The Corner

Re: Shaw and Friends

Rick:

I have been reading Roy Foster’s biography of Yeats, who was friends with

Pound for many years, before Pound became too much for him. Now, it is

plain from Foster’s book that Yeats, for all the famous “silliness,” was a straight-up human being:

a dutiful son, a loving husband (with some slight allowance for his

aristocratic/bohemian notions, which his wife was fully in accord with) and

father, an affectionate sibling, a loyal friend, and a conscientious

citizen. (He served in the Senate of the Irish Free State for 6 yrs.) The

very brief flirtation with the Blueshirts (= Irish fascists) in the early

1930s was nothing — in particular, nobody has ever found a trace nor a hint

of antisemitism in anything WBY said or wrote. I ended Foster’s books

liking & admiring Yeats tremendously.

Now: if such a good man as this could keep up a friendship with Pound

across many years, I submit that Pound could not have been all bad. Pound

is in hell, all right; but like Humbert Humbert, he is let out one evening a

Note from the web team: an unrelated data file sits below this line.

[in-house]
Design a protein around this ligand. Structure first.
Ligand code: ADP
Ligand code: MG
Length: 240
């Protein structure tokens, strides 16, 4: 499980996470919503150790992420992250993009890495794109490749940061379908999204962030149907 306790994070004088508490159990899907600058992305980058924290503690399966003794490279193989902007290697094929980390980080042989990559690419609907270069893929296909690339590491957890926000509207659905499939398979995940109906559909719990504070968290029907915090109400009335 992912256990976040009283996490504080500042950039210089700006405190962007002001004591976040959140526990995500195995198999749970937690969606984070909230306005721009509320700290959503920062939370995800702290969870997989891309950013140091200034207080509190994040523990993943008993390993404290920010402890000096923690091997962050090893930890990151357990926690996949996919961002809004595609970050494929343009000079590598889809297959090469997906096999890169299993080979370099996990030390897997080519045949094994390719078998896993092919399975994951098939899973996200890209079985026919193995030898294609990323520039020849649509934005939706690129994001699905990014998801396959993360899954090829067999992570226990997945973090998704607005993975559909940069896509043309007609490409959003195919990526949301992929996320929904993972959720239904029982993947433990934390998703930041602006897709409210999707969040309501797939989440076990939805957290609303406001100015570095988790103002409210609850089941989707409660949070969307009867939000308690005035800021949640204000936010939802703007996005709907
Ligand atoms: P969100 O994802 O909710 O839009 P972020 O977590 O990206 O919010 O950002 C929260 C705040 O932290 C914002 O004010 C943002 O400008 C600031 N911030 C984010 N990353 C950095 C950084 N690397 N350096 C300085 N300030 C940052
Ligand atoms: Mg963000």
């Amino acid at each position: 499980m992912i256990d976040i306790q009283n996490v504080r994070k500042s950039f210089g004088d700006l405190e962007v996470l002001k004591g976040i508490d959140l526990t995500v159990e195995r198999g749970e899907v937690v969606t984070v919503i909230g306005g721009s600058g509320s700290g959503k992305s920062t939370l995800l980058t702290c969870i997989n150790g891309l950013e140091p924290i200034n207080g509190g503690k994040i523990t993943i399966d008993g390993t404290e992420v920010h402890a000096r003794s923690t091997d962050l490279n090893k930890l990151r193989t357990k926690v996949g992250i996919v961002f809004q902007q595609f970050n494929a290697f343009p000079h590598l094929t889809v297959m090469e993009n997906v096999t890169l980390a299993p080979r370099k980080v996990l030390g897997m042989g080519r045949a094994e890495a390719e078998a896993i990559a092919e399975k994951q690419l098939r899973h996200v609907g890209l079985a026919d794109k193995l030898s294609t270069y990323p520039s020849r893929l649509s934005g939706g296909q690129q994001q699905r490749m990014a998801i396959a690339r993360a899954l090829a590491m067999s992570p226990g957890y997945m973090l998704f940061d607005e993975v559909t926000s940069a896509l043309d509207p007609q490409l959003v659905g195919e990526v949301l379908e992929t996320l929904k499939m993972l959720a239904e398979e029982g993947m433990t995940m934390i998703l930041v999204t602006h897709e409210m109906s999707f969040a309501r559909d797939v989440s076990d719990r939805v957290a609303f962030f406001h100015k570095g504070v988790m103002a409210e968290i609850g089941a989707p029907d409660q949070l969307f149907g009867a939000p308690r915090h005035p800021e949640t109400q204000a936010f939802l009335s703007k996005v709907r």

year and allowed to stroll in a green country lane, on account of his

friendship with Yeats.

BTW, I have for some years nursed the notion — it hardly rises to the level

of a theory — that while arrogant, irresponsible, rules-don’t-apply-to-me

egotists of the type so memorably described in Paul Johnson’s book

Intellectuals — Shelley, Hemingway, etc. — have certainly given us much,

the true greats are sober, decent, and bourgeois types: Horace, Longfellow,

Kipling, Tennyson and Yeats come to mind. The little we know of Shakespeare

suggests that he was a solid citizen, and a good and decent man (that

“second-best bed” notwithstanding). What do you think of this notion?

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